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Peripheral Artery Disease

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1Peripheral Artery Disease Empty Peripheral Artery Disease on Mon Nov 21, 2011 4:56 pm


According to the Journal of the American College of Cardiology...Peripheral Artery Disease is caused by atherosclerosis most of the time. Atherosclerosis may be caused by smoking, diabetes and dyslipidemia. Aneurysms can be associated with PAD as well - possible due to hereditary reasons or due to smoking or trauma. PAD may also be a result of thromboembolic, inflammatory or aneurysmal disease. Clients with PAD face a risk of progressive ischemic limb issues as well as risk for cardiac ischemic events.

Chapter 8 of "The Other End of the Stethoscope" resounded with me. Working in a mental health facility, I have born the brunt of many patients' fear and anger at where they are, both literally and figuratively. That is the key - You are where you are. It is not for us to judge someone else's behavior at such a vulnerable time in their lives. I do feel it is our responsibility to be humble and compassionate with every patient we encounter. Whether that means sitting quietly with someone or simply taking a verbal lashing and leaving the room without an angry reply.
Is it easy to do always? Absolutely not. That is why they call it work. I have to remind myself to not give a stern look or give a response to some of my patients. This book is a great reinforcer of compassionate care.

2Peripheral Artery Disease Empty Re: Peripheral Artery Disease on Mon Nov 21, 2011 5:54 pm


Exactly. The patients are in the hospital for a reason, and it is not for us to question what they are doing there. Our job is to take holistic, compassionate care and understand that we may encounter patients that take their anger out on us in verbal or physical form. I think if we can try to control the situation where the patient's outrage is avoid is the best way we can try to handle the situation. Try to intervene before the situation takes a turn for the worse. Smile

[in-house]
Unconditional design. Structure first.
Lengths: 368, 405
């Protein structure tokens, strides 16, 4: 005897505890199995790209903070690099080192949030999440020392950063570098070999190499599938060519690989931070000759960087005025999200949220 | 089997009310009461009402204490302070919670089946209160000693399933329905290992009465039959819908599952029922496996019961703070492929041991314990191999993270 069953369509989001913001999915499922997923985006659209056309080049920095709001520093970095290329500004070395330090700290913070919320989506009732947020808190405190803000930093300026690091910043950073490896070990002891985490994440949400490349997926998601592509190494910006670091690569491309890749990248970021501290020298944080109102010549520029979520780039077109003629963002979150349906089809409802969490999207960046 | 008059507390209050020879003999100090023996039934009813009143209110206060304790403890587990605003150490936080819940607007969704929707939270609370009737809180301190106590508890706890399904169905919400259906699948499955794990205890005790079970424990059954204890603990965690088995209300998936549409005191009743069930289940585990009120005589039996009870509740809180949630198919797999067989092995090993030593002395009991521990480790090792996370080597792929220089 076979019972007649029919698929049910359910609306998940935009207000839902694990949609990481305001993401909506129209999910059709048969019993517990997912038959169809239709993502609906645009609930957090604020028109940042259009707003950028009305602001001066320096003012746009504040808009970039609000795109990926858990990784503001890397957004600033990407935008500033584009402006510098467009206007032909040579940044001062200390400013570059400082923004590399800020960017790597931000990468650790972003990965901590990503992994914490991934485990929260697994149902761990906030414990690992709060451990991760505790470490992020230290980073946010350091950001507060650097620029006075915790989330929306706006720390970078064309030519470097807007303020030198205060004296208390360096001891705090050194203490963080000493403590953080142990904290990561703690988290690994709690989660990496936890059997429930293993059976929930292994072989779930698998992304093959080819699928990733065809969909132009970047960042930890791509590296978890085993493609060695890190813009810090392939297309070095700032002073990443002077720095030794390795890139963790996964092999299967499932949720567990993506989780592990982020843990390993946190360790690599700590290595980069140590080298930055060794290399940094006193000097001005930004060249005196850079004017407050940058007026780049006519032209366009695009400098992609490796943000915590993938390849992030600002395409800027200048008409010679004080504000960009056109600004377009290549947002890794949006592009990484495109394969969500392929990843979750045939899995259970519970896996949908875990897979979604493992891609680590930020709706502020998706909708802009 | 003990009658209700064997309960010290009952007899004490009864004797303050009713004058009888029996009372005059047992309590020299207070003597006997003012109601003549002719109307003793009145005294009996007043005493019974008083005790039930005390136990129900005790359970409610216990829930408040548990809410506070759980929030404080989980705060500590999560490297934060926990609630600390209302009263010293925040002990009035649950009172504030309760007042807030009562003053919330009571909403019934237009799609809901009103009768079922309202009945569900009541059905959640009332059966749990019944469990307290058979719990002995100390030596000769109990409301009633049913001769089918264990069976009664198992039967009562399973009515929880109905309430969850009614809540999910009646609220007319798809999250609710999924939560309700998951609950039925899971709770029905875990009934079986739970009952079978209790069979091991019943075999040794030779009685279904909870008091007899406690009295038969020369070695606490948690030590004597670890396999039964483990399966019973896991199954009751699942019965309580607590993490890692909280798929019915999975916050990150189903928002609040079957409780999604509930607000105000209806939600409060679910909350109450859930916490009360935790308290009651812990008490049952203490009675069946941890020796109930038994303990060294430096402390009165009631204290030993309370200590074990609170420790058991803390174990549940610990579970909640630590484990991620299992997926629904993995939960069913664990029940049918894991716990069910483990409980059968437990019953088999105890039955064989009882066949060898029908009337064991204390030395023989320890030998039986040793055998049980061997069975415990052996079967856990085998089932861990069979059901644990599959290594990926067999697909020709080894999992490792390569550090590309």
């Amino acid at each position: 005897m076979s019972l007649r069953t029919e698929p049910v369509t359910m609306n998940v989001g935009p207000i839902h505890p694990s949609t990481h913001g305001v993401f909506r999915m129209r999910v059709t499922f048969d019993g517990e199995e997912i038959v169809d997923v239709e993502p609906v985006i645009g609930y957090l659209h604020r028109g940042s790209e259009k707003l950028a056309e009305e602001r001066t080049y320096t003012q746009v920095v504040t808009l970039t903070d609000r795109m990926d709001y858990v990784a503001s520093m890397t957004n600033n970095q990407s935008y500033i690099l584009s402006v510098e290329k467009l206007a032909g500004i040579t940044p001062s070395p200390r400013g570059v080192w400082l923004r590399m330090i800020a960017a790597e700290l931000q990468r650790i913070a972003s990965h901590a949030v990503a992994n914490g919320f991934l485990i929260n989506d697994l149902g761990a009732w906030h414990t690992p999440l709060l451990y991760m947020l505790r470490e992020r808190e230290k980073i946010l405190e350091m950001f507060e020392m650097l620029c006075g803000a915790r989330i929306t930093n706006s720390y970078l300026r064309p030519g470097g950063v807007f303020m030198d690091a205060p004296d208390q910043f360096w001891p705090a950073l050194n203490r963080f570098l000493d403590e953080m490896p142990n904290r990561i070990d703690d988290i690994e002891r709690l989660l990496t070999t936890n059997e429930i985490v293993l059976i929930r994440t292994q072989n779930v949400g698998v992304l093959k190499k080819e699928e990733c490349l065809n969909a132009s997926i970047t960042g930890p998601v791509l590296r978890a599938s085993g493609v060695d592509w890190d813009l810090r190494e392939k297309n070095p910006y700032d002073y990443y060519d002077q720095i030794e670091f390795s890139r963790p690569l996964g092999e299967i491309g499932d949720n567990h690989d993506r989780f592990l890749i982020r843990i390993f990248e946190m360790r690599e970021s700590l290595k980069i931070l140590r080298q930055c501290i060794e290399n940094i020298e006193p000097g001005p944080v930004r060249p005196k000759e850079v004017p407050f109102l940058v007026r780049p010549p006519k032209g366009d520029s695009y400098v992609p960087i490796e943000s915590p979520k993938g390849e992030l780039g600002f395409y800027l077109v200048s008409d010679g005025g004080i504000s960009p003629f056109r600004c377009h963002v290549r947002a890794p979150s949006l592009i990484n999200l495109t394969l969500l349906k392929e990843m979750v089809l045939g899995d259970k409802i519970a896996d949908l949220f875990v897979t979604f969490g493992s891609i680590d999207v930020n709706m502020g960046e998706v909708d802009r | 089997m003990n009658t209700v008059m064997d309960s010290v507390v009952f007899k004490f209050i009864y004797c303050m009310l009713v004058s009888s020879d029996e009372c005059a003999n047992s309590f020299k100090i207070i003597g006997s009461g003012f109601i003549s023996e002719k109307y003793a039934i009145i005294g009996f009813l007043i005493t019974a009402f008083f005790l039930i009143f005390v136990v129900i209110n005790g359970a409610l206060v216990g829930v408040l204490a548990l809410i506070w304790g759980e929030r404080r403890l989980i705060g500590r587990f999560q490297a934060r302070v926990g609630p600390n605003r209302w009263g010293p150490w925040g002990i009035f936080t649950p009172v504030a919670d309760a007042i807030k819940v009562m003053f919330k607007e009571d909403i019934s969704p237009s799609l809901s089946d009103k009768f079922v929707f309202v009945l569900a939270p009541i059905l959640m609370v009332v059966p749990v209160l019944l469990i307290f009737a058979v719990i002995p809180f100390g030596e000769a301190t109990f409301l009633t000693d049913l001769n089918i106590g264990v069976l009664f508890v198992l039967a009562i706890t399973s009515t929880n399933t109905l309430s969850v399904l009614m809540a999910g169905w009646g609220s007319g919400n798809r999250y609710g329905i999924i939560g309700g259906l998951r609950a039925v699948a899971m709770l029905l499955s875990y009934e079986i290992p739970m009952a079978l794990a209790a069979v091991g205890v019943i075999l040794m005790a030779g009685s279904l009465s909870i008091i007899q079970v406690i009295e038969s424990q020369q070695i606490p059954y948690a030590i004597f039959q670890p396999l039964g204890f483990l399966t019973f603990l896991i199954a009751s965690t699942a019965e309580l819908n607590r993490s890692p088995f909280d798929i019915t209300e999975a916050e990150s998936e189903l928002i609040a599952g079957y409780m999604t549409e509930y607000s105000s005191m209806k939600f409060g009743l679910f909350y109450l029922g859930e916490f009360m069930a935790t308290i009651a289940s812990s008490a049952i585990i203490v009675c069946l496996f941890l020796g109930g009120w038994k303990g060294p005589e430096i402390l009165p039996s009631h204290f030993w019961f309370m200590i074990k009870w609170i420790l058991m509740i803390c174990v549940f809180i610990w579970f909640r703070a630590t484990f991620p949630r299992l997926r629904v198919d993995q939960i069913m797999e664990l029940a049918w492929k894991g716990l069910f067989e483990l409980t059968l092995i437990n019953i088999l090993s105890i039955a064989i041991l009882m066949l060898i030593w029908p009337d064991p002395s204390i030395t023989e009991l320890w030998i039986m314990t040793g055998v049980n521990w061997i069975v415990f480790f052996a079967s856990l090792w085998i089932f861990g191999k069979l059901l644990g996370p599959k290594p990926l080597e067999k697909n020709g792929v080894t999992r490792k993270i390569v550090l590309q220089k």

3Peripheral Artery Disease Empty Re: Peripheral Artery Disease on Mon Nov 21, 2011 6:15 pm


I agree totally, and we as caregivers have to remind ourselves that our patients are under a lot of stress, and have lost a great deal of control over their lives. Anger is common in the grief process and we as nurses are always around to catch most of it.

4Peripheral Artery Disease Empty Understand on Mon Nov 21, 2011 7:26 pm


I understand how you feel. I don't work at a hospital, but I can tell you that working with the oublic in any capacity can have resemblences. Take for instance someone who comes into the restaurant where I work. If a person meets you for the first time and has a bad attitude, you can very easily carry that with you wherever you go. By simply understanding that that this person may not have anything against you personally but rather has alot on their mind, you can infer a btter therapeutic dialogue. Sometime syou just have to slow down and look at the bigger picture.

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